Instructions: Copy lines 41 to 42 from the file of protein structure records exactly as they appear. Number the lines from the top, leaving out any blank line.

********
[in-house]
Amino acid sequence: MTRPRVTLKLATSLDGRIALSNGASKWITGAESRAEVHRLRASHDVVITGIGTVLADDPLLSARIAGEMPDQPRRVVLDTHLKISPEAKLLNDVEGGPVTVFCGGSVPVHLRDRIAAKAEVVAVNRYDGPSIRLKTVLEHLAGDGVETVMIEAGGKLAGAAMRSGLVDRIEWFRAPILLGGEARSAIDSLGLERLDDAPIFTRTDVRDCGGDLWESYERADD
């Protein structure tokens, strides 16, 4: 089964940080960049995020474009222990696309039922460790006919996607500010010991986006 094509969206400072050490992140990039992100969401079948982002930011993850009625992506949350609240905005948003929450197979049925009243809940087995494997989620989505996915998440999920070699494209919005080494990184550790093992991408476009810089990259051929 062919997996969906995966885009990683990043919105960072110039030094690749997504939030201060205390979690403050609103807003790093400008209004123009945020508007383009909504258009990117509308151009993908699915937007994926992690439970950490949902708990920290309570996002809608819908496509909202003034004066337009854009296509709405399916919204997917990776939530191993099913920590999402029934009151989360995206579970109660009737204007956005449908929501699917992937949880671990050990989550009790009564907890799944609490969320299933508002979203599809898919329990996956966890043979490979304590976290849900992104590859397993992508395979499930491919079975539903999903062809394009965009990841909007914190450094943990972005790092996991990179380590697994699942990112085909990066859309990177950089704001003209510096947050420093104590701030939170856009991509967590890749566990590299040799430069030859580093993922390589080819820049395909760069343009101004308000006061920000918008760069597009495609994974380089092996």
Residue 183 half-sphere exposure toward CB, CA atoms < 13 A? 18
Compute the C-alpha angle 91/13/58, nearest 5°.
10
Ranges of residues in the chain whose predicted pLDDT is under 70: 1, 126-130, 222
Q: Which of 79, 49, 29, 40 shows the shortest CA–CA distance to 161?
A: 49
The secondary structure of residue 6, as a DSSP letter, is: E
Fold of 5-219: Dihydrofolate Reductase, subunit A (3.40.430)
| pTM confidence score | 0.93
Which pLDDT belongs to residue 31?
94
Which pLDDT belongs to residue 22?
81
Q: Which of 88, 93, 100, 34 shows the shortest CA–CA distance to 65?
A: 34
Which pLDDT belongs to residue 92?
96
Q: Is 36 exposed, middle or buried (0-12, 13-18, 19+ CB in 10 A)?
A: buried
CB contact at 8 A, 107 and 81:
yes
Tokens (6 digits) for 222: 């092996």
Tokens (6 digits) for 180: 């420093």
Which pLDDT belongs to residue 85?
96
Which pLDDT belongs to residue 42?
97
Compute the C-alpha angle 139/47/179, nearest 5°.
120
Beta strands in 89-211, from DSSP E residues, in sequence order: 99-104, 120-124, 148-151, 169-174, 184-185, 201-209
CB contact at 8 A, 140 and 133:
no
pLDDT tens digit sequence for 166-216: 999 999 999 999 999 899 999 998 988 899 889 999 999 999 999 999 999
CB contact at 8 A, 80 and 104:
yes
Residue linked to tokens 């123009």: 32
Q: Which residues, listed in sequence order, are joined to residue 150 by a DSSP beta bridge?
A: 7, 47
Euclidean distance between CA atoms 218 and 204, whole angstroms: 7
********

A: 7, 47
Euclidean distance between CA atoms 218 and 204, whole angstroms: 7